Hungarian Economic Development Minister rules out increasing bank tax, but confirms plans to relax 2023 budget deficit target

By bne IntelliNews September 25, 2023

Economic Development Minister Marton Nagy hinted that the government would abandon its 3.9% deficit target, but said the government would not increase windfall taxes for banks. His comments did not help the shares of OTP, which extended losses on Friday.

CEE’s leading lender lost 8% of its value in two days after Finance Minister Mihaly Varga suggested in his presentation at the annual meeting of economists that the government would trim interest on subsidised loans and could increase tax levies on banks.

In an interview with financial website before closing the conference, Nagy said these measures are not on the agenda, as both would hamper the recovery of credit markets.

He acknowledged that Hungary is now in a crisis management mode as consumption has fallen a lot steeper than expected due to the fall in real wages, leading to a decline in VAT revenues.

"This is a particular problem because the Hungarian economy relies predominantly on consumption taxes rather than taxes from income," he said. Hungarians pay a flat 16% in personal income taxes but the highest VAT among OECD countries, 27%,

According to Nagy, the budget cannot be expected to run the same deficit trajectory as previously projected due to the sharper-than-expected fall in consumption and a lack of EU funding. Sticking to the goals would sacrifice growth, he added. His words confirm that the government is letting go of its targets. The budget gap in the first eight months widened to 97% of the full-year target. The shortfall of HUF700bn (€1.8bn) in VAT revenues from the target is a major contributor to the dismal state of public finances.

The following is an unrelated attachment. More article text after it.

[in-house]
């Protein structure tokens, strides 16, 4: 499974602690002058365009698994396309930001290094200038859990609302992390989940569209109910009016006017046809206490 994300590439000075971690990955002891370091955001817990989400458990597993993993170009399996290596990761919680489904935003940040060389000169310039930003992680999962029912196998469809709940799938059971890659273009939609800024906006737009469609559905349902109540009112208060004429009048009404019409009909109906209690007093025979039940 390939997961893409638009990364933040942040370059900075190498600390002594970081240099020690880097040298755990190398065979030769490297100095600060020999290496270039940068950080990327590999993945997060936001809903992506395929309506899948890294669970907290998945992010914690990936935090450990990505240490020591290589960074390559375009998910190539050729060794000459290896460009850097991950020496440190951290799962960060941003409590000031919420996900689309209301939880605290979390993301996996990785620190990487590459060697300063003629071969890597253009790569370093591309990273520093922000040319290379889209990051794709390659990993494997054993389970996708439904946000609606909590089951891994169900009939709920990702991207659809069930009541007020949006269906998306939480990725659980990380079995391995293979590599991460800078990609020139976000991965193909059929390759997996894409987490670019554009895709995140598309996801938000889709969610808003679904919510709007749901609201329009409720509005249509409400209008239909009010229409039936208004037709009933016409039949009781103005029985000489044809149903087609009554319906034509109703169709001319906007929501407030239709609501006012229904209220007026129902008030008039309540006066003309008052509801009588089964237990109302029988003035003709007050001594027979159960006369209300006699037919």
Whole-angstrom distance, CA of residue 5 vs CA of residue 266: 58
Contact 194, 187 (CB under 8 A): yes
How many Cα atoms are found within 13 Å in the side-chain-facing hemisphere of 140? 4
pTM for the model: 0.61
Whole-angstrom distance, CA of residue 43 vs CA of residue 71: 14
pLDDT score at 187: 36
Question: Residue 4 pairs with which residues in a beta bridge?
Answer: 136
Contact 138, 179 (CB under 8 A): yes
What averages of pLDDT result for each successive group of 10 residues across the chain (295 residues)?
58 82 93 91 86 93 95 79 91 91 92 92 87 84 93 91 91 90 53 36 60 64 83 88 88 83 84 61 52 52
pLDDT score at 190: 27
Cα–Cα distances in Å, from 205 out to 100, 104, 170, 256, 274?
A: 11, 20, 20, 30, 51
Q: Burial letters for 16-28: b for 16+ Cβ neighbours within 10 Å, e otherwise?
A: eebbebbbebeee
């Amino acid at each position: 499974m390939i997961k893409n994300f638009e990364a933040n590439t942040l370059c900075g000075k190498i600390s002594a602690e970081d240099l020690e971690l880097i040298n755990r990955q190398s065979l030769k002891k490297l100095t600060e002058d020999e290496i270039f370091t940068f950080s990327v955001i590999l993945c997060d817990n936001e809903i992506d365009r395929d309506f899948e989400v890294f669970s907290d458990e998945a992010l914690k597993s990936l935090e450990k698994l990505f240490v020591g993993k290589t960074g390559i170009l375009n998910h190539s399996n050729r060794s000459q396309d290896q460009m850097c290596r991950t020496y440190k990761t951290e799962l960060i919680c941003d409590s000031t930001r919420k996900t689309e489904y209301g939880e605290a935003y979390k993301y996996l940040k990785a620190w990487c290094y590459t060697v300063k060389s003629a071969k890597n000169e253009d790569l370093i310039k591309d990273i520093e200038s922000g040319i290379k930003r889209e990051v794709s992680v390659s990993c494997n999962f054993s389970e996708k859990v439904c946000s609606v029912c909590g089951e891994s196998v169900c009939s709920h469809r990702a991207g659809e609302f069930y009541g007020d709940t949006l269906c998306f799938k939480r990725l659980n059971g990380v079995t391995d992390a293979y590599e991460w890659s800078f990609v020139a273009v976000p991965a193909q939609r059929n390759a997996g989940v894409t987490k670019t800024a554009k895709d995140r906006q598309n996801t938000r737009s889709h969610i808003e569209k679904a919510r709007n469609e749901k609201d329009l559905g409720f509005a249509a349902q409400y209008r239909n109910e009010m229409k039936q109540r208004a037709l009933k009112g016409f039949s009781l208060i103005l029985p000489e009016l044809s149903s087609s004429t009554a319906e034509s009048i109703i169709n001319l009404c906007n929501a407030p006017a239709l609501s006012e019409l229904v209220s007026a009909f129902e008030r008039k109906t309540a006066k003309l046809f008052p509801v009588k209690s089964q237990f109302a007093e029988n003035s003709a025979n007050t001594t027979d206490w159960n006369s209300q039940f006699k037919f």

Nagy said the government is examining the developments of fuel prices and will intervene if necessary if it finds factors that unreasonably contribute to price hikes. Hungary introduced a fuel price cap in November 2021, six months before the elections, at HUF480  per litre. The scheme was phased out after wide-scale shortages threatened the security of supply in December 2022. At present, Hungarians pay the highest price for fuel due to weaker forint and high taxes.

Nagy, who was the last speaker of the two-day forum, said 2023 will be the year of fighting inflation and next year will be about producing growth, he added.  Hungary managed to escape from the energy trap as the country’s energy imports surged from €7bn in 2021 to €17bn last year, which will be around €8.5bn-9bn in 2023. Energy subsidies for households are expected to drop from 1.8% of GDP in 2023 to 1.1% next year, 0.1pp over the 2022 figure.

Nagy defended government measures that helped avoid the dry-up of lending by offering subsidised loans to businesses, which alone added 1.5pp to growth, allowing Hungary possibly to avoid recession.

In the debate focusing on who is responsible for the EU record inflation in Hungary, Nagy did not take sides in the ongoing spar between the government and central bank, saying that inflation was unavoidable due to the structure of the economy and Hungary's floating exchange rate.

Nevertheless, he took a jab at the central bank, saying that it endangers economic rebound by shooting for the highest real interest rate in the region.


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